not for all regexps (that would solve the halting problem :-) ),
To digress a bit on theory: for **regular** expressions that isn't hard at all.
Once you have a DFA for your regex, you can build the minimal DFA (that can be done in O(n²) or O(n³), not sure...). You can do that for both regexes you compare, and if the DFAs are isomorphic, both regexes are equivalent.
Note that checking if two DFAs are isomorphic isn't hard either, because you know the start state.
But of course Perl's regexps are not regular (in the CS sense), so you can forget everything I said if you're only after a practical solution.
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Well, as ikegami says above, OP didn't ask for regexp equivalence, but for partial ordering, which I personally found quite hard enough :-) - but perhaps that's because I don't know the theory... How would you compare minimal DFAs to find (for example) that matching "aa*b" implies matching "ab"?
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Here's how you would do this. Forget minimization, you don't need it. Take NFAs (or DFAs, it doesn't matter) representing all the regexes you want to compare. Mark the final state(s) of each NFA or DFA with something that identifies that particular regex. Then combine them all into a single NFA using alternation. Finally, convert that NFA into a DFA, but when you do, make sure that each final state of the DFA has markers indicating what regex(ex) it was final for.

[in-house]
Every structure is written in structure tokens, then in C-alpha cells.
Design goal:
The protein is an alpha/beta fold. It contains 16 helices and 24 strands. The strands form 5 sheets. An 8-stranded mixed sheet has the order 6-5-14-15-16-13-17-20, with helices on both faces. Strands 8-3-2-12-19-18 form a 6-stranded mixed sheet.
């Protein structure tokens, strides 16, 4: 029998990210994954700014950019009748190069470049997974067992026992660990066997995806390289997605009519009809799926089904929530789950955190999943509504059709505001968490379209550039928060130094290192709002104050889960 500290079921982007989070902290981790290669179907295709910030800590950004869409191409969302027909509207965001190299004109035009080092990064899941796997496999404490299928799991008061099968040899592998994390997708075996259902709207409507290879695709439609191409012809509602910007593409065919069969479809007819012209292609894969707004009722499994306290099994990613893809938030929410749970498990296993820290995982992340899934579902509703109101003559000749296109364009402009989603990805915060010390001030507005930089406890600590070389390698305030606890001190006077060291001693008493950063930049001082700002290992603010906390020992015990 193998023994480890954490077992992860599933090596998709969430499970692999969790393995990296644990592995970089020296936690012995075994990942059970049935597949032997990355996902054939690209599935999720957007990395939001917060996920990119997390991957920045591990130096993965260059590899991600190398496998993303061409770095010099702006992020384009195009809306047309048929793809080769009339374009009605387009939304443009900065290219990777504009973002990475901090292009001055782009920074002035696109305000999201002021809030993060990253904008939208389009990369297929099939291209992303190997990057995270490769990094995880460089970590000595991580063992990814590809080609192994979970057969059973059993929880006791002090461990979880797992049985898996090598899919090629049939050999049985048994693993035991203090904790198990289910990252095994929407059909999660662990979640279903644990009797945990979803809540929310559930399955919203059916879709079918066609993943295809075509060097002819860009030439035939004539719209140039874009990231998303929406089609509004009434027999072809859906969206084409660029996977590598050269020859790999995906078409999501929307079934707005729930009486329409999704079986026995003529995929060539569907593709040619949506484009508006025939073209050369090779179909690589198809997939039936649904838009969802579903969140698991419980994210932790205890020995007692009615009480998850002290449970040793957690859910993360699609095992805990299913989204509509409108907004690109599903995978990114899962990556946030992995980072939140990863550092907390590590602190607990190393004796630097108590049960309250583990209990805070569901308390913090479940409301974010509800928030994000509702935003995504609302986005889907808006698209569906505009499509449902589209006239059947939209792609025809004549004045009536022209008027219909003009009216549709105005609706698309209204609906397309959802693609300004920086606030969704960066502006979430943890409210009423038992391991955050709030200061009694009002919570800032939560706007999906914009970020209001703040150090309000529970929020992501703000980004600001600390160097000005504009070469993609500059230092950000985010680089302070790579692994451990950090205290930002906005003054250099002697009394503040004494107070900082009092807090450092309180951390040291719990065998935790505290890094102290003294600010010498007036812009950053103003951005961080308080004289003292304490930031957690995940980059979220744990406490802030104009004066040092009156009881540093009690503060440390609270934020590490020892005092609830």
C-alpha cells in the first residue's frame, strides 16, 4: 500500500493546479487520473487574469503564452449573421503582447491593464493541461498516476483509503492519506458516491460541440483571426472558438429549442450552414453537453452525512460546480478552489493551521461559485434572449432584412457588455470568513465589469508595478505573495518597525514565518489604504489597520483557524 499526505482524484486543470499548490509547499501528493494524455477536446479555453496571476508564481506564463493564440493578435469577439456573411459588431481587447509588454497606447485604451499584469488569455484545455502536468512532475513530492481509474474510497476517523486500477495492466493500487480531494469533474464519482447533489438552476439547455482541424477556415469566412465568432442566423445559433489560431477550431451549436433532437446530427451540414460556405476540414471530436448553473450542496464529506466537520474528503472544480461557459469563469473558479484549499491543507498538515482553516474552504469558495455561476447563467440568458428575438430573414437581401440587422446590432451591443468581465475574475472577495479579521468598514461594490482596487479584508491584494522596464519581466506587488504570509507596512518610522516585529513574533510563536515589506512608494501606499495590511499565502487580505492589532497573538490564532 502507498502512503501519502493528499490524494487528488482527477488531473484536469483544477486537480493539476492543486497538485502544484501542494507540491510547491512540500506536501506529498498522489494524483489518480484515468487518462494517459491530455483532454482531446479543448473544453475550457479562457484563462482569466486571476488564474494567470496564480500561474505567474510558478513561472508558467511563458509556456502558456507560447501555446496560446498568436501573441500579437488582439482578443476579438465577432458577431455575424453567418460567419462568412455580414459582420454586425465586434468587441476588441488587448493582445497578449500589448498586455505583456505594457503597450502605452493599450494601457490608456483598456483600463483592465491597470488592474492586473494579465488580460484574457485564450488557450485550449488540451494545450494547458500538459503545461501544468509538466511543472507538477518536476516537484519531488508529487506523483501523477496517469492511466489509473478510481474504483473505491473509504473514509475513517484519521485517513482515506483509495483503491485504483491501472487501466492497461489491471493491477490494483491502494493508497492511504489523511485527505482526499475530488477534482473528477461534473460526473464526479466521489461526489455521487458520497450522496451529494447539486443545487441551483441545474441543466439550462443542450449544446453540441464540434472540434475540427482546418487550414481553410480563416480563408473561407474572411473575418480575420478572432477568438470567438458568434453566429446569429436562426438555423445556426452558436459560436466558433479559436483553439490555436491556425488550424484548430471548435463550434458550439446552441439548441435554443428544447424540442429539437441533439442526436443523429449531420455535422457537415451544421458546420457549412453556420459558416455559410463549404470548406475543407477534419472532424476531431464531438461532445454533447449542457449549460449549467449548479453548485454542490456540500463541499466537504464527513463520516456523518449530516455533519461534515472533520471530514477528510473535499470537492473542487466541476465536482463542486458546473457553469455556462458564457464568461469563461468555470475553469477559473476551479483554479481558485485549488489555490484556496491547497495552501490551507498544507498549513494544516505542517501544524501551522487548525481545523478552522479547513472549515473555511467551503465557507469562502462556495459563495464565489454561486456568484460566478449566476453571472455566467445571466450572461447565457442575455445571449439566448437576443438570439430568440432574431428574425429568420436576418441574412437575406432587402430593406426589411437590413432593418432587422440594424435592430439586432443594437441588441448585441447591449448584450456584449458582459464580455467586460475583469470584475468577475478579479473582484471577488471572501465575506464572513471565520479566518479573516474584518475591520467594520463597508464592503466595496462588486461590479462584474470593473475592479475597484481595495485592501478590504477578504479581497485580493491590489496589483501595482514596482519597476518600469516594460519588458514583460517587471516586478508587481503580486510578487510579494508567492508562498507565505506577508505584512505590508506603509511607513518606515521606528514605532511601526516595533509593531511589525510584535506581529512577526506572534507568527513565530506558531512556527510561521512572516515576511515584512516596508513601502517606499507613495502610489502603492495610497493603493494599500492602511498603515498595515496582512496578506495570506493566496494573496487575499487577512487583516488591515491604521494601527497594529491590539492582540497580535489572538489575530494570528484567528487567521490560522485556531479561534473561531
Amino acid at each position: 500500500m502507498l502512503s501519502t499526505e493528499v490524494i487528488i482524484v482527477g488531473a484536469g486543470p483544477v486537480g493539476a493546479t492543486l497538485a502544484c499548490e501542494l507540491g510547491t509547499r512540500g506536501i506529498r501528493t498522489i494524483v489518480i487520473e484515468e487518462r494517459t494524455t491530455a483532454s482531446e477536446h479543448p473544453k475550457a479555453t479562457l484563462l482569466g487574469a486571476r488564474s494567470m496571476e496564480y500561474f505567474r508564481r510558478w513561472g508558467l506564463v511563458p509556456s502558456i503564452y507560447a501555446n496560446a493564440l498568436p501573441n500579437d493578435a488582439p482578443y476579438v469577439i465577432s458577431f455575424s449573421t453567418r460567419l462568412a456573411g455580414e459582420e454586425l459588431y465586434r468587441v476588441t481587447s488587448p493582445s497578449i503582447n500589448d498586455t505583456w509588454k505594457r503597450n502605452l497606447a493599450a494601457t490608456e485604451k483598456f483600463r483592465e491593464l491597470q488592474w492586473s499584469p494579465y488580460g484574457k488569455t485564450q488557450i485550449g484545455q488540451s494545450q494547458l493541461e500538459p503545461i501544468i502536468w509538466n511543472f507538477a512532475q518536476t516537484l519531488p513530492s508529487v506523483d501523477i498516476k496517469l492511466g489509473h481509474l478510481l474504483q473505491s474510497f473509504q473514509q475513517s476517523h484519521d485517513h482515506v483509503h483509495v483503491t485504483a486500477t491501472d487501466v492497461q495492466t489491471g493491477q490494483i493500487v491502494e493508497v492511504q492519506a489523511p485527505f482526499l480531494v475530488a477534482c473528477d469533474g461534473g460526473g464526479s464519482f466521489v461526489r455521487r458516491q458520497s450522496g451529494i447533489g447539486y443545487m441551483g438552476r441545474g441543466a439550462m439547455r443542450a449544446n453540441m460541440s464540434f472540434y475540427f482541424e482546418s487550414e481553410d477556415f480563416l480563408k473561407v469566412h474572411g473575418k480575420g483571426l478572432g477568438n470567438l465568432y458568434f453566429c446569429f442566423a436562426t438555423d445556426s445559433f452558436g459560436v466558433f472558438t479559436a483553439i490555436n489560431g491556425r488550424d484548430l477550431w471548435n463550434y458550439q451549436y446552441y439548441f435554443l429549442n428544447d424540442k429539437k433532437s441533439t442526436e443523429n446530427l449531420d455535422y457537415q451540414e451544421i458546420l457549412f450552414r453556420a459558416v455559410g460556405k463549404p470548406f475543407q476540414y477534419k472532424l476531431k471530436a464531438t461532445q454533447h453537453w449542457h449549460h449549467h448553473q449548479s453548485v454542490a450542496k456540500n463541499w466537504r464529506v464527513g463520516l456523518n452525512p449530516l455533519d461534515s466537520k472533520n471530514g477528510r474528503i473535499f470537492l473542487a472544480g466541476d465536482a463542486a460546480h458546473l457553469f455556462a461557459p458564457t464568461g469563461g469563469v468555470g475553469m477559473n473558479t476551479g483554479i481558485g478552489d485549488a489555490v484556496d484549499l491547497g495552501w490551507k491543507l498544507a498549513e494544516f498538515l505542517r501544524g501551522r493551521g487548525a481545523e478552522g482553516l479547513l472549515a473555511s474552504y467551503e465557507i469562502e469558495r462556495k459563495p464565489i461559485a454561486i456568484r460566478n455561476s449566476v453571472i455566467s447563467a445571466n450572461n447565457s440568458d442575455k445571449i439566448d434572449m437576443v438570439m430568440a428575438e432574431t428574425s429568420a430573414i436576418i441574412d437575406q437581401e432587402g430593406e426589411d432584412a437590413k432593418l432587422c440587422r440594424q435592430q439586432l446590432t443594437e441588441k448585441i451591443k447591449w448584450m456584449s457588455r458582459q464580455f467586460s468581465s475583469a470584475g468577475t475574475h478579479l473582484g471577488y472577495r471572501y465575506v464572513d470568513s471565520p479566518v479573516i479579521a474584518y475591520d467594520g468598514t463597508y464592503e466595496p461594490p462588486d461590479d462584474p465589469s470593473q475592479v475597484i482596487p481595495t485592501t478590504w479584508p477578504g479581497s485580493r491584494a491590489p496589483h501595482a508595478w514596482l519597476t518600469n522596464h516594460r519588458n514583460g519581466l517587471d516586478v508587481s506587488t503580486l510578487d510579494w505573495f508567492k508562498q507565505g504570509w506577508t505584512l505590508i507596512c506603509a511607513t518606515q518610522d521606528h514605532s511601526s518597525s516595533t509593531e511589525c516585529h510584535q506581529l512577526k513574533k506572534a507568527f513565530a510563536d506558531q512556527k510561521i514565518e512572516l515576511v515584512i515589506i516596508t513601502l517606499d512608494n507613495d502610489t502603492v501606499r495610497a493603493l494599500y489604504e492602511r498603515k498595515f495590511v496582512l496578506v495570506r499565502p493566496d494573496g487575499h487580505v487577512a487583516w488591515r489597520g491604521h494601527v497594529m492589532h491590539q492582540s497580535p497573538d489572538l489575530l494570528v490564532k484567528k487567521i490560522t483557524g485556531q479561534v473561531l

Now survey all your final states. If all final states have markers for all the regexes, the regexes are equal. You can also use this to determine if one is a subset of another (all final states have markers for regex1, but only some have markers for regex2), if they overlap (at least one final state had markers for both regexes), or if they are completely disjoint (no final state had markers for both).
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*you can build the minimal DFA (that can be done in O(n²) or O(n³), not sure...)*
Actually that can be done in O(n lg n) using Hopcroft's Algorithm, but it's not a well known or particularly easy algorithm. See Hopcroft's 1971 paper, though even the academics find it a bit dense, which led Gries to write a paper called Describing an algorithm by Hopcroft a year later. Unfortunately the latter is not freely available online.
All this is surely overboard for the poster's original question, I just wanted to share this tidbit since it's not easy to come by.
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